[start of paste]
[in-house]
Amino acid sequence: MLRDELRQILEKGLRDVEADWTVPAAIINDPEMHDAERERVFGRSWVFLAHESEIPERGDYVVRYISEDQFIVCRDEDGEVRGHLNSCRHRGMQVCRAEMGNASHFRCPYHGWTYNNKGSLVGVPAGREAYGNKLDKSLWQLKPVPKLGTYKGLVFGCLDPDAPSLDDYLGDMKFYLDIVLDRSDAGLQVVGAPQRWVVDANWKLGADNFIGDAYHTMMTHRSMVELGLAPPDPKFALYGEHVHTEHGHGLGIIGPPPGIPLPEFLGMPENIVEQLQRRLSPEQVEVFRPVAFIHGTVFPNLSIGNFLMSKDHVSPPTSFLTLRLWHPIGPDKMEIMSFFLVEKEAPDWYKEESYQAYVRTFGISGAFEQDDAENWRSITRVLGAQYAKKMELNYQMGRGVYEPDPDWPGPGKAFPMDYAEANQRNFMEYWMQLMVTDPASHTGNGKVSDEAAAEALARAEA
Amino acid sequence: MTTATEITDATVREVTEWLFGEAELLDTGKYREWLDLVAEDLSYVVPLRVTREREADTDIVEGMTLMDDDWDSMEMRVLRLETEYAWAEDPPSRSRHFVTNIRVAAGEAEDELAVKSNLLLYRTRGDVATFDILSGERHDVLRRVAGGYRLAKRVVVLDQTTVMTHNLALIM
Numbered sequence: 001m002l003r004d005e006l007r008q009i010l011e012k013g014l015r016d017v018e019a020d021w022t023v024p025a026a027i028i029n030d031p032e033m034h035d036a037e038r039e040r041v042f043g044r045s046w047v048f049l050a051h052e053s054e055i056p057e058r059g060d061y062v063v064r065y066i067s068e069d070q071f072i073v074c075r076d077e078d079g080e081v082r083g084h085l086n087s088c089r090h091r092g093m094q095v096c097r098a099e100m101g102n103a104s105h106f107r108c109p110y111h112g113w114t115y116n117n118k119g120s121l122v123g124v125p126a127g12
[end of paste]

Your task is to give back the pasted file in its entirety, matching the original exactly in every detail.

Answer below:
[in-house]
Amino acid sequence: MLRDELRQILEKGLRDVEADWTVPAAIINDPEMHDAERERVFGRSWVFLAHESEIPERGDYVVRYISEDQFIVCRDEDGEVRGHLNSCRHRGMQVCRAEMGNASHFRCPYHGWTYNNKGSLVGVPAGREAYGNKLDKSLWQLKPVPKLGTYKGLVFGCLDPDAPSLDDYLGDMKFYLDIVLDRSDAGLQVVGAPQRWVVDANWKLGADNFIGDAYHTMMTHRSMVELGLAPPDPKFALYGEHVHTEHGHGLGIIGPPPGIPLPEFLGMPENIVEQLQRRLSPEQVEVFRPVAFIHGTVFPNLSIGNFLMSKDHVSPPTSFLTLRLWHPIGPDKMEIMSFFLVEKEAPDWYKEESYQAYVRTFGISGAFEQDDAENWRSITRVLGAQYAKKMELNYQMGRGVYEPDPDWPGPGKAFPMDYAEANQRNFMEYWMQLMVTDPASHTGNGKVSDEAAAEALARAEA
Amino acid sequence: MTTATEITDATVREVTEWLFGEAELLDTGKYREWLDLVAEDLSYVVPLRVTREREADTDIVEGMTLMDDDWDSMEMRVLRLETEYAWAEDPPSRSRHFVTNIRVAAGEAEDELAVKSNLLLYRTRGDVATFDILSGERHDVLRRVAGGYRLAKRVVVLDQTTVMTHNLALIM
Numbered sequence: 001m002l003r004d005e006l007r008q009i010l011e012k013g014l015r016d017v018e019a020d021w022t023v024p025a026a027i028i029n030d031p032e033m034h035d036a037e038r039e040r041v042f043g044r045s046w047v048f049l050a051h052e053s054e055i056p057e058r059g060d061y062v063v064r065y066i067s068e069d070q071f072i073v074c075r076d077e078d079g080e081v082r083g084h085l086n087s088c089r090h091r092g093m094q095v096c097r098a099e100m101g102n103a104s105h106f107r108c109p110y111h112g113w114t115y116n117n118k119g120s121l122v123g124v125p126a127g12